Novel Decisions

Today I finally started working on my book again. Actually, I started completely rewriting it from the beginning. Not a huge rewrite – I’d only fleshed out three chapters (twice). But I think this book might actually have potential. Not that I think it’s amazing or groundbreaking or anything like that. It’s just that I think this might be the novel I actually finish. I’ve probably started around fifty books in the past ten years, and I think the longest is somewhere around 5,000 words (for reference, a short novel is around 50,000 words). I just have trouble pushing past the point when I sit back and think, “oh my god, this sucks.” Which is the thought I have about almost everything I write. I am insanely self-critical – it’s something else I’m trying to work on.

Anyway, I started procrastinating by thinking about all the ways I usually procrastinate writing. Super productive, I know. And I realized that I have a bad habit of hyper focusing on the tiny details. For example, when I first started writing this book, I wrote two different versions of the first three chapters because I couldn’t decide which tense or point of view to write in. Important elements, but things that can be changed later. I once spent an entire eight hours downloading custom fonts to write in (including one that looks like Jane Austen’s handwriting). And then never actually wrote what I was meaning to write. Another time, I spent two four hours looking at designer dresses online so I could write an unnecessary one-sentence description of what a character was wearing.

Over the years, I have done the following instead of writing: memorized all the US Presidents in order, learned a good amount of Latin (another thing I want to do more), read about a thousand books, looked up famous first sentences approximately five-hundred times, taught myself a lot of bad words in German, repeatedly added thousands of dollars worth of stuff to a shopping cart on the Anthropologie website (and never bought any of it), looked for apartments I can’t afford in cities I don’t live in, created a database with thousands of first and last names to use for characters, took almost every single quiz on Buzzfeed, binge-watched half the shows on Netflix (some of them more than once), learned how to make French bread by hand, memorized the entirety of “Kubla Khan” by Samuel Taylor Coleridge, taught myself how to knit (and crochet and cross stitch), and started this blog.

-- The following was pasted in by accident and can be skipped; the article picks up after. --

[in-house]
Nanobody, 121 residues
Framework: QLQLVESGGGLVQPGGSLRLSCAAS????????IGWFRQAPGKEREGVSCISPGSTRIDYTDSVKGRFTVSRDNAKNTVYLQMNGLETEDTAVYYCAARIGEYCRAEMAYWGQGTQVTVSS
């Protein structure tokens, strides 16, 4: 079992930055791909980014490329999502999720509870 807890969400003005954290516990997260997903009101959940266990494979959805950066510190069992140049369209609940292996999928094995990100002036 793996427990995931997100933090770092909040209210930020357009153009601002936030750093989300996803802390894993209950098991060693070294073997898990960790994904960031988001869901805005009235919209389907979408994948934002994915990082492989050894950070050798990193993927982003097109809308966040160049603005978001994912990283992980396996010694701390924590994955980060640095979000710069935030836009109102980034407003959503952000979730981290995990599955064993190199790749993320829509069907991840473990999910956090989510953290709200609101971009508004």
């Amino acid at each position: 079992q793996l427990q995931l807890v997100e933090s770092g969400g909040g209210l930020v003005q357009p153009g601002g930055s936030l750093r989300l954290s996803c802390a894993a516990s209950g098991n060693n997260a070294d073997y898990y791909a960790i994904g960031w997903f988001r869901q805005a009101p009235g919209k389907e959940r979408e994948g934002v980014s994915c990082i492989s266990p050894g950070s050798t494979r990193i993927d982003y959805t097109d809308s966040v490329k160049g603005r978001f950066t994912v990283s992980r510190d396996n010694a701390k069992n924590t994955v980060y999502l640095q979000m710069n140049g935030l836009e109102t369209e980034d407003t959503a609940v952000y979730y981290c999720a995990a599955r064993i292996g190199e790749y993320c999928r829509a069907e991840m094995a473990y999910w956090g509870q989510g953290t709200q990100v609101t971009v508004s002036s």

Every time I encounter a decision that I have to make in the writing process, I become utterly incapable of moving forward. What kind of flower should be growing in the yard? Let me look up flower meanings and where they grow and colors and whether or not they need shade or sun. And then instead of writing, I get sucked into gardening websites. Sometimes, having internet access is a horrible thing.

I know I should just write. Just get it all on paper and then go back and deal with the flowers. And the bizarre thing is, I have absolutely no problem doing this with academic work. I can spit out a twenty-page paper on Pride and Prejudice in a day, maybe two, no problem. But three paragraphs of fiction? Give me a week. Quite possibly a month.

It’s honestly discouraging because, at this rate, I will literally never finish a book. So I know it’s something I need to get past, and I am working on it. Right now, I’m going to force myself to keep writing instead of picking up my iPad to read (which is really tempting right now). But it won’t be long until I let myself get distracted. (Also, it’s four in the morning which means I probably will get distracted soon/take a nap – I woke up at one and couldn’t go back to sleep. It’s also why this post is so ramble-y.)

I’ve heard the advice a million times: just keep writing, get it on paper and then go back and make it good, just finish it. But for me, that’s a huge challenge. It’s something I’m working on, but I haven’t found a good solution yet. I am making a concentrated effort to start each writing session without reading what I’ve already written because I will start editing, I can’t control myself. And I occasionally leave brackets when I can’t think of the exact word I want to use (which is painful and I hate it). But I still can’t seem to get past the decisions involved in writing.

What are your tips for writing? Do you have any sort of system or schedule? I’d love to hear what works best for you – maybe I can find something that works for me.

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One thought on “Novel Decisions

  1. I do my best writing in silence, alone in the house. Which doesn’t happen too often anymore. So I put my headphones on and listen to something without lyrics.

    But yeah, every once in a while, it just isn’t happening, so I start something new. I have my idea for my NaNoWriMo entry this year, and it’s killing me to not start on it just in case I dead end with it.

    Like

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